Richard Hughes wrote this novel some nine years after ‘A High Wind in Jamaica’ but it is easy to recognise his style. Of course we have a familiar nautical setting even if this time it’s not children causing the problems but the hurricane. It’s Hughes’ voice which is immediately recognisable. As in the earlier book we have something of that Victorian authorial voice with the reader addressed in a familiar way, making it seem all very natural even if it’s the height of artificiality. For example, when he returns to a subject he’s mentioned before, he writes ‘Mr. MacDonald, I think I said, was chief engineer’.

The structure of the novel is interesting. Even its first readers would have known from the title that this was to be a book about fighting for survival in a storm so we are prepared for the quite long build-up – with the personalities of the main characters beginning to emerge and the details of the ship well established. I think Hughes does this well. I don’t know how Hughes got all his nautical information but unlike less capable writers he presents it in an interesting and natural way without being didactic or trying to impress.

The next section deals with the hurricane up to when they reach its eye and here, as you’d expect, the pace picks up and there’s lots of graphic detail. It’s when they plunge into the return of the tempest that Hughes slows up all the action and uses the thoughts of the characters, largely eschatological ones, to examine the nature of life and God – and, as in his first book, he throws down the gauntlet to conventional thinking, describing the death of a child as ‘a very small loss’ to the child – ‘a purse with only twopence in it – and an I.O.U.’ while an old person loses so much more – a purse ‘you had spent laborious years in filling . . memories of more than eighty years’.

Just how the reader is meant to react to the examination of the nature of God and an afterlife, I’m not sure. Hughes has Phillips seem fairly dismissive. ‘He said the Lord’s Prayer once and left it at that’, the wording of the end of this sentence really diminishing anything potentially positive in the first half. It’s this aspect of Hughes’ style that I like. When a Chinese sailor or the somehow diminishing ‘Chinaman’ is fetched up against the railings ‘with such a terrific impact as to bend them’ I was reminded of the similarly callous depiction of the ‘fat old beldam’ in ‘A High Wind’ bowled along by the hurricane there, another character who ‘fetched up’ somewhere. In the earlier book we can tell we’re seeing this through the child Emily’s eyes, but here it seems to be more Hughes’ poor opinion of the Chinese that emerges here and elsewhere in the novel. Still, style-wise it’s effective as is the balance when he talks about how engineers are keen on engines but don’t care what they’re used for. ‘He is as careless of where they take him as a man’s stomach is careless on what errand his legs are bound’. And the way the engineers and deck-crew keep apart, he suggests ‘they are segregated, as completely as boys and girls British education’.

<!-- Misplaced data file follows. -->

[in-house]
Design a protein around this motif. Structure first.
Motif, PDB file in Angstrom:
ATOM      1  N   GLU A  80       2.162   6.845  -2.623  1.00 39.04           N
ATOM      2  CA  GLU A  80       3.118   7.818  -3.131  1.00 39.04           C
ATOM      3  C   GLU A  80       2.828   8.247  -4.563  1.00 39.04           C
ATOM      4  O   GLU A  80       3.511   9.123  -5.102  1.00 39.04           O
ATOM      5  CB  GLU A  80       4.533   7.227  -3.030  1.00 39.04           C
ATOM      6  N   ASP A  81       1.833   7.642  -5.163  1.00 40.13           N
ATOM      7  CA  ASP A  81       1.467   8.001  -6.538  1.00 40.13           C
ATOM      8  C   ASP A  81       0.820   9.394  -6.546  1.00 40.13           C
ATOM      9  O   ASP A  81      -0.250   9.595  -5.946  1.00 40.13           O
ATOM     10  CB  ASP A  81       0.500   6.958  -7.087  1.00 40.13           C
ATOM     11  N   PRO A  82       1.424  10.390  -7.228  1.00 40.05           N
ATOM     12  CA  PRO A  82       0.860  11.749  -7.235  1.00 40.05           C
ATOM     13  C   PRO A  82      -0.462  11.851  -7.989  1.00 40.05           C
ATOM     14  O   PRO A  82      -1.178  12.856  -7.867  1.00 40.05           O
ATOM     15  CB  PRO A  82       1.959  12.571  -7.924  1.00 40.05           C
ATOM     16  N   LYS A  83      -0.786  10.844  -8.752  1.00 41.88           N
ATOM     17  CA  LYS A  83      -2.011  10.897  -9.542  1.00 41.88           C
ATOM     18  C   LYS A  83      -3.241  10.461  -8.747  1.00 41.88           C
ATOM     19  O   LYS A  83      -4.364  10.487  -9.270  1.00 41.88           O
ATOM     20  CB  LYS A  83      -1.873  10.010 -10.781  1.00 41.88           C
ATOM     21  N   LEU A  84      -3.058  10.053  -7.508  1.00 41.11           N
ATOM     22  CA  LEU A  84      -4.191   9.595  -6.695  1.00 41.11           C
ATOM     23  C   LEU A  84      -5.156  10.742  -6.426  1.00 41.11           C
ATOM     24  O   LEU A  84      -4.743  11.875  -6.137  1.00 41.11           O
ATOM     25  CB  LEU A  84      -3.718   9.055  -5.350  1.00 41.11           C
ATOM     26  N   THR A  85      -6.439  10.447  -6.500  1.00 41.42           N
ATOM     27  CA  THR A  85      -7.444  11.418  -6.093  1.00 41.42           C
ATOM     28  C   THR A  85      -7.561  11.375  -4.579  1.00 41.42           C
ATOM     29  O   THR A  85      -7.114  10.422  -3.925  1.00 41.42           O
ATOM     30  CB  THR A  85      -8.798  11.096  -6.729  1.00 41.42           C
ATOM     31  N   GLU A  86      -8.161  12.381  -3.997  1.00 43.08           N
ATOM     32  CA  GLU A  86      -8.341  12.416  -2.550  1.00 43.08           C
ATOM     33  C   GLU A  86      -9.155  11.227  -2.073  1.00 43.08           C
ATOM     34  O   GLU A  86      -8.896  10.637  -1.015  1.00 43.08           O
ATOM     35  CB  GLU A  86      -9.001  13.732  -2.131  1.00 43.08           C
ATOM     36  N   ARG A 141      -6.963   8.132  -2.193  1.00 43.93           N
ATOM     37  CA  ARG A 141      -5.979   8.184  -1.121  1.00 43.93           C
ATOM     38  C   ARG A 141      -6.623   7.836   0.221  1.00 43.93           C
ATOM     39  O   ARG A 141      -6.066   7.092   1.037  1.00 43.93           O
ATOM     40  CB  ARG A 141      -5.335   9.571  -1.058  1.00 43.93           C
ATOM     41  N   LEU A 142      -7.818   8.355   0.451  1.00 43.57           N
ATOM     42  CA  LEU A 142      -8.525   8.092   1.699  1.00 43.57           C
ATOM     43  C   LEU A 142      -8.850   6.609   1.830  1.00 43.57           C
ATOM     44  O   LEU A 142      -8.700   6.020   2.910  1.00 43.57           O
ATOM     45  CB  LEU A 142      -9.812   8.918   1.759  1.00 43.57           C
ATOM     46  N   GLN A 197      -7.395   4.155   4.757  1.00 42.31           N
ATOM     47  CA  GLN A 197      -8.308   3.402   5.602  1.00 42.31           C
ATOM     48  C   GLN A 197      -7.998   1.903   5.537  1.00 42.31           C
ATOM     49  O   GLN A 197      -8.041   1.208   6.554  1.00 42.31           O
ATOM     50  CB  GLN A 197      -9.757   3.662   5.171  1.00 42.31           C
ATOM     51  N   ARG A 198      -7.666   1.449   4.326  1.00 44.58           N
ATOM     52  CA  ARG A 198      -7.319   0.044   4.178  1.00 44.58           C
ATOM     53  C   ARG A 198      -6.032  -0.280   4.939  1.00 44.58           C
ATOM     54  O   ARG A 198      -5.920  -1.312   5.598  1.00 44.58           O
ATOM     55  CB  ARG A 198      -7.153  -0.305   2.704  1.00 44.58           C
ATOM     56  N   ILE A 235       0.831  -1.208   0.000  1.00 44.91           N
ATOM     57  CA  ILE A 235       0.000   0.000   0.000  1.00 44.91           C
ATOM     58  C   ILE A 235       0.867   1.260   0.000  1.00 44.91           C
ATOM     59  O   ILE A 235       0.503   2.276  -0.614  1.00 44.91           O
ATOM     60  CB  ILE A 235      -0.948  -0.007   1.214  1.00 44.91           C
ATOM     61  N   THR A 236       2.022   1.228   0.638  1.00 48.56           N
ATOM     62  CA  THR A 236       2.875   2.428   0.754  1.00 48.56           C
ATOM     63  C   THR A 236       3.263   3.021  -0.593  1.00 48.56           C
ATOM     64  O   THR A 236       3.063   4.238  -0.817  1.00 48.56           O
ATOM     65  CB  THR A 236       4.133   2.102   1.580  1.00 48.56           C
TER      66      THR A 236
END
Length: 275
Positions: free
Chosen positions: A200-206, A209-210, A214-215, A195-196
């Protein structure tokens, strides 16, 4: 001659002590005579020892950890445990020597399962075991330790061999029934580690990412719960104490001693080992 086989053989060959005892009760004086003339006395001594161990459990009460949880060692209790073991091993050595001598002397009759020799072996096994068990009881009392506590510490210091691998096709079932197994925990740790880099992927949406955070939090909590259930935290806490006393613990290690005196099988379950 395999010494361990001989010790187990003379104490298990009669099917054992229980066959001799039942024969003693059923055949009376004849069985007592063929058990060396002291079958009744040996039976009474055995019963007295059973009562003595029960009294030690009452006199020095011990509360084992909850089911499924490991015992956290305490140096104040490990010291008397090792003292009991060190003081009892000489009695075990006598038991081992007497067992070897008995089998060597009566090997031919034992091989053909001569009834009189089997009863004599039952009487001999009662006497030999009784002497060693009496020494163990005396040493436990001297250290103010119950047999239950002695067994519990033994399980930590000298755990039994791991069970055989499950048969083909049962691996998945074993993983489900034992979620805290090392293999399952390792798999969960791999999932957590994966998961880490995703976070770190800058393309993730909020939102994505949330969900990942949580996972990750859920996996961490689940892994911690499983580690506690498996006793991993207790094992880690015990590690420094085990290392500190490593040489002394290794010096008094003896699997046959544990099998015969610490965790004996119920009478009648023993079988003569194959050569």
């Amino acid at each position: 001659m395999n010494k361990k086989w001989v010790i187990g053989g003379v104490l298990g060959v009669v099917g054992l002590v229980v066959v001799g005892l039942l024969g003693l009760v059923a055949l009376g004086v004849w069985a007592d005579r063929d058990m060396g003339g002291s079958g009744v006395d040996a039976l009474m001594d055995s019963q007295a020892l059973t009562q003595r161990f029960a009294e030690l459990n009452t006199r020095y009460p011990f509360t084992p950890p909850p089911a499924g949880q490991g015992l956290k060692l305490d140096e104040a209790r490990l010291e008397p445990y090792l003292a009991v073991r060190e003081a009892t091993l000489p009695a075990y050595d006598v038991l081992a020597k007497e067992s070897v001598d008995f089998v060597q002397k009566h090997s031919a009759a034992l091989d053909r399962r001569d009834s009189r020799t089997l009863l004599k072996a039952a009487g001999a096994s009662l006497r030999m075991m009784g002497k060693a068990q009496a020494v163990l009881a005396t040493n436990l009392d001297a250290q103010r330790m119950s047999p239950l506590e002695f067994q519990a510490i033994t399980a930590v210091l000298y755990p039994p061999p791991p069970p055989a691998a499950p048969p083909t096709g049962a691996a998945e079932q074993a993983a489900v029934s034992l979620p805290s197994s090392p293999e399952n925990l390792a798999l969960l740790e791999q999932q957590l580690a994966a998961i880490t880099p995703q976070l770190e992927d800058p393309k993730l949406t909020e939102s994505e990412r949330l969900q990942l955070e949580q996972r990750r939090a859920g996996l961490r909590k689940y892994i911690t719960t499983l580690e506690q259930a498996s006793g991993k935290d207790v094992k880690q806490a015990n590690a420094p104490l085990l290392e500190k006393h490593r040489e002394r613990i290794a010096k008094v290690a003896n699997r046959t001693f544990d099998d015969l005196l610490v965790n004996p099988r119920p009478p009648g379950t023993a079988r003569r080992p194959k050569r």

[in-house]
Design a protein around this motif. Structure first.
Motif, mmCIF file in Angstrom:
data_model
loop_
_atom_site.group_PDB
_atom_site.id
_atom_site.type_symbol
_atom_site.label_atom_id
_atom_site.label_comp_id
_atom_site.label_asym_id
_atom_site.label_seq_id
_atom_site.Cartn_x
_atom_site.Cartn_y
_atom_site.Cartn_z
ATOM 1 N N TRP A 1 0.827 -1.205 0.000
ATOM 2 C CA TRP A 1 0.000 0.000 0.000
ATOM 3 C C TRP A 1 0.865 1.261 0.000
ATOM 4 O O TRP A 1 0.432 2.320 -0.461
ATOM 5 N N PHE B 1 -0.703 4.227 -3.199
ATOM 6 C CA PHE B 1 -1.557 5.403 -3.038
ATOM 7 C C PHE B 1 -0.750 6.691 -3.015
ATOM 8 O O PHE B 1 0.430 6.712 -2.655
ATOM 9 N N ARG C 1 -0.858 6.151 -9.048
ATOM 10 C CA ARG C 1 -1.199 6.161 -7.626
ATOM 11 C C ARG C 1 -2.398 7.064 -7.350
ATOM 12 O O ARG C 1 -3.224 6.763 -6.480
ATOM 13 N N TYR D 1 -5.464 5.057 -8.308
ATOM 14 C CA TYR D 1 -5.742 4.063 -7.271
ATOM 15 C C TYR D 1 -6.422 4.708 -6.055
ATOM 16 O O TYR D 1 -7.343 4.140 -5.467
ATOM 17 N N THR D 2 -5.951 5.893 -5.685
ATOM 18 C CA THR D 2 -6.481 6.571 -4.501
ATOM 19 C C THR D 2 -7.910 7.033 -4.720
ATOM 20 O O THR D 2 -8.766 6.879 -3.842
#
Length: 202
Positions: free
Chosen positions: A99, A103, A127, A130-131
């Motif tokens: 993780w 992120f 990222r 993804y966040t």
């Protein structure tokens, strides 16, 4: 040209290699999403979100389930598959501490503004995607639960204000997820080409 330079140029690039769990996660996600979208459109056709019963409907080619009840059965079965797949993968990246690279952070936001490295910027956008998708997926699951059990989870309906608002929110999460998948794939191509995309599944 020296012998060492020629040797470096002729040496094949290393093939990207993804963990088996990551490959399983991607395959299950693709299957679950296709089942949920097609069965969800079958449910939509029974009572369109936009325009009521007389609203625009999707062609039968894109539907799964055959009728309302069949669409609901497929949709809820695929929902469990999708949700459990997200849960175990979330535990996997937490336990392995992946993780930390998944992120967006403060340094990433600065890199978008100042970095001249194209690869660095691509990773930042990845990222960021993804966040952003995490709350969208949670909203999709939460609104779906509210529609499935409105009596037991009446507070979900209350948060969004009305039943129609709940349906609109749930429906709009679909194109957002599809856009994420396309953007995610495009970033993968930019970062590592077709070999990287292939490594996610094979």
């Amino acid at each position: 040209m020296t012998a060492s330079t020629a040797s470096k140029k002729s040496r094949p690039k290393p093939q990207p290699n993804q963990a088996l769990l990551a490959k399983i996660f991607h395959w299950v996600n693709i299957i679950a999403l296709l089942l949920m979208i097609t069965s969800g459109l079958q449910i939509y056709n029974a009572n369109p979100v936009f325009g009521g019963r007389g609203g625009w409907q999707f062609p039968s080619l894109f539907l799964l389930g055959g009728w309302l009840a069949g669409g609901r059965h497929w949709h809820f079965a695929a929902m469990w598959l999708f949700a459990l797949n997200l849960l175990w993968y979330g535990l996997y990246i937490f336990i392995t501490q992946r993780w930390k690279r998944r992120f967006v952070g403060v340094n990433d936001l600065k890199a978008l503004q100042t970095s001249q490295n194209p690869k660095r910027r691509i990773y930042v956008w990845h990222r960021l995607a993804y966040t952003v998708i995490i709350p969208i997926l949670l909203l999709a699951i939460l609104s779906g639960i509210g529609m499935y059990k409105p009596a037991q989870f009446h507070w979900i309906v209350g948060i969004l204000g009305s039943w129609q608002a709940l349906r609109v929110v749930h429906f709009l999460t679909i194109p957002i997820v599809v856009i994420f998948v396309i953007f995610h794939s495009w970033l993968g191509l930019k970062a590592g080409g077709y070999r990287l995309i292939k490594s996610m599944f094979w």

While Hughes uses the return of the hurricane and different characters’ tired musings to look at the nature of things, it does interrupt the pace of the novel – and left me a bit unsure of what he was aiming for. He has verisimilitude, based as the story is on the true story of the S.S. Phemius, but I’ve also heard it described as allegorical – and if this is so, then just what is the story illustrating: man’s courage or its loss, the almost apocalyptic forces of nature, the nature of man . . . I don’t know. I’m also not sure how Hughes wants the reader to respond to the belated story of Ao Ling. It heightens our recognition of the callousness of the white crew, especially the self-aggrandising Dick Watchett. In fact, in the end it is perhaps only the Captain who attracts any sympathy from the reader. ( )
1 vote evening | Jun 21, 2013 |
Fairly gripping account of a steam-driven cargo ship caught in a multi-day horrific 'storm of the century' hurricane in the Caribbean........a novel based on an actual event that took place in 1932. A quick read that reinforces my longtime notion that the folks that climb onto these ships need to be very special indeed....a lot can go wrong out there, with Mother Nature fully in charge. As is usually the case, i learned a bit about the running of a cargo ship, but i felt that some of the character flashbacks felt a little forced, and in some cases, almost unnecessary.......u know....'back to the storm please....i wanna know what happened next!' No regrets. ( )
1 vote jeffome | Jun 30, 2010 |
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Amazon.com Product Description (ISBN 0809437309, Paperback)

The story of a ship's and her crew's desperate struggle to survive the most powerful hurricane ever recorded.

(retrieved from Amazon Thu, 12 Mar 2015 18:08:51 -0400)